The unprecedented recall of all Auvi-Q and Allerject epinephrine auto-injectors this week by Sanofi US and Sanofi Canada has led to many questions for those who depend on the devices as life-saving medication in case of a severe allergic reaction.
Allergic Living interviewed Sanofi US’s Dr. Paul Chew on Oct. 30, 2015 to gain some insights. Dr. Chew is senior vice president, group chief medical officer, and head of the North America R&D hub for Sanofi.
Q. Can you tell us the events that led to this recall?
Dr. Chew: Our contract manufacturer in June discovered that there were product issues with specific lots during a quality inspection. That led to a [June 2015] recall and non-distribution of specific lots of Allerject in Canada.
This month we discovered an additional issue. Similarly, we are working to determine if the issue is limited to certain lots of Auvi-Q. So we made the decision, proactively, to have a voluntary, precautionary withdrawal, of all the Auvi-Qs and Allerjects.
Out of an abundance of caution, we have temporarily ceased manufacturing until we’ve identified the problem.
Q. What should a patient do if they have a reaction and have yet to replace the Auvi-Q or Allerject auto-injector?
Dr. Chew: The first thing patients should do is seek out an alternative auto-injector. In the event of a life-threatening allergic reaction, patients who do not have a replacement product should use their Auvi-Q or Allerject device – and then immediately call 911 and seek emergency medical help.
Q. With that earlier, limited Canadian recall, a defect with the needle was mentioned. Is that also an issue in this full recall?
Dr. Chew: We’re looking at the whole assembly [of the auto-injector]. We’re looking at the whole process.
Q. How many auto-injectors is Sanofi pulling from the market at this time?
Dr. Chew: It’s about 490,000 units in Canada. In the U.S., it’s about 500,000 packs. The packs are different. In Canada, it’s one unit per pack; in the U.S. there are two in a pack, plus a trainer device.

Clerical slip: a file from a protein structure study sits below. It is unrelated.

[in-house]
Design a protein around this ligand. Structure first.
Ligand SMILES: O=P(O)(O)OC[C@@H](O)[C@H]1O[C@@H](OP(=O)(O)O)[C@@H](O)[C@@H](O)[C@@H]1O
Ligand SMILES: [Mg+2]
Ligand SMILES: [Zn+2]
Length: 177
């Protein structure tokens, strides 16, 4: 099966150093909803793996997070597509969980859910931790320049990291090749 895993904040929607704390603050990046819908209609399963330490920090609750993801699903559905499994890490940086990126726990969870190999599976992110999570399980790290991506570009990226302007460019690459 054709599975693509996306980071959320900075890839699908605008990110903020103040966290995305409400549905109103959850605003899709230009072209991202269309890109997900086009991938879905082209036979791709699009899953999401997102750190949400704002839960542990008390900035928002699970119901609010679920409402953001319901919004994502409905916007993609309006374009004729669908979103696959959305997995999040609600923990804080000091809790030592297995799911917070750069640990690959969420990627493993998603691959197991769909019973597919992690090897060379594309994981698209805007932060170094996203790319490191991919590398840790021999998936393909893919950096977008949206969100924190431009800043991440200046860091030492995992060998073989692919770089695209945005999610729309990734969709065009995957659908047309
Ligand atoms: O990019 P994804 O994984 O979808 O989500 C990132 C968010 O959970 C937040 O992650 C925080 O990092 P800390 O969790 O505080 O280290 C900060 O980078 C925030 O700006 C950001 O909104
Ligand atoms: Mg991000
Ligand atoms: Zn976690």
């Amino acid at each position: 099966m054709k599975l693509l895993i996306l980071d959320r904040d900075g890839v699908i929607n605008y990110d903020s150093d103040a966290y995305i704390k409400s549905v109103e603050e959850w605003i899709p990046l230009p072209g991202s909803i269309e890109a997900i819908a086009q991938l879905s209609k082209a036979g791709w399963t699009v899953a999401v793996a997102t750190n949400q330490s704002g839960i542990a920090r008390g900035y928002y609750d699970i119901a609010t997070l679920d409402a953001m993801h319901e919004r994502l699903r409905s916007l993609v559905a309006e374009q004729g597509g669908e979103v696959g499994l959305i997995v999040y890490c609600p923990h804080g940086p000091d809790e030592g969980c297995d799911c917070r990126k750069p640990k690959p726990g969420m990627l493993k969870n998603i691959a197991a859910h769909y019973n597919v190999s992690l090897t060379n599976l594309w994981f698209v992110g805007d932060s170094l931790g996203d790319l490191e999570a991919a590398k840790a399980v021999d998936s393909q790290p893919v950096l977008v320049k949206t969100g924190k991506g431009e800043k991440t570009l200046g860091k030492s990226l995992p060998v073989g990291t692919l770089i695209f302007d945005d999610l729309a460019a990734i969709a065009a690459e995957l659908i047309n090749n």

Q. What’s the process for Americans who own Auvi-Qs to get reimbursement for their recalled devices?
Dr. Chew: People should return all of the Auvi-Q devices, and Sanofi US will reimburse patients for the out-of-pocket costs required to replace the unexpired Auvi-Q devices. We will be reimbursing people for the full cost of the replacement epinephrine auto-injectors.
In addition, if someone purchased Auvi-Q devices at a cost that exceeds the cost of replacement devices, Sanofi will compensate for the difference, with proof of original and replacement product purchases.
Q. In announcing the recall, Sanofi cited possible issues with how much medicine its auto-injectors were delivering. Have you confirmed if ‘dose delivery’ is a problem?
Dr. Chew: We have no evidence to date of the device malfunction. Of the  cases reported of device malfunctions – of all the ones that were sent back [to the company] – we were not actually able to see the device malfunction.
So the basis of the recall is for the potential of an inaccurate dosage.
Also, that’s 26 cases reported out of 2.8 million units in North America since the launch of Auvi-Q in the U.S. and Allerject in Canada in January 2013. So it’s a low risk, we believe, and that’s why this is a precautionary recall.
Q. What were the symptoms seen in the 26 reports of suspected malfunctioning auto-injectors?
Dr. Chew: The most frequent symptoms that occurred in these 26 reports were those of serious allergic reactions, and hypersensitivity reactions, that were typical of an allergic reaction.
Q. Did the device reports lead Sanofi to conduct quality inspections?
Dr. Chew: We regularly quality control our products to ensure quality. These 26 reports are the cumulative experience – so the two are parallel. Of those 26, nine were reported in Canada.
Q. People who adopted the Auvi-Q or Allerject for their emergency medication needs are asking about the future of the device. Can you comment on that?
Dr. Chew: We’re very pleased that the Auvi-Q and Allerject devices have had such a positive response among patients. That’s why we took this action.
In terms of next steps, the first thing that we need to do is fully understand what the issue behind this potential inaccurate dosage delivery is. Then I think we’ll be able to comment better.
We are conducting really detailed investigations as we’re speaking.
For further information and details on the Auvi-Q recall, including reimbursement information, visit Auvi-Q.com.
For further information and details on Allerject recall in Canada, visit Allerject’s website.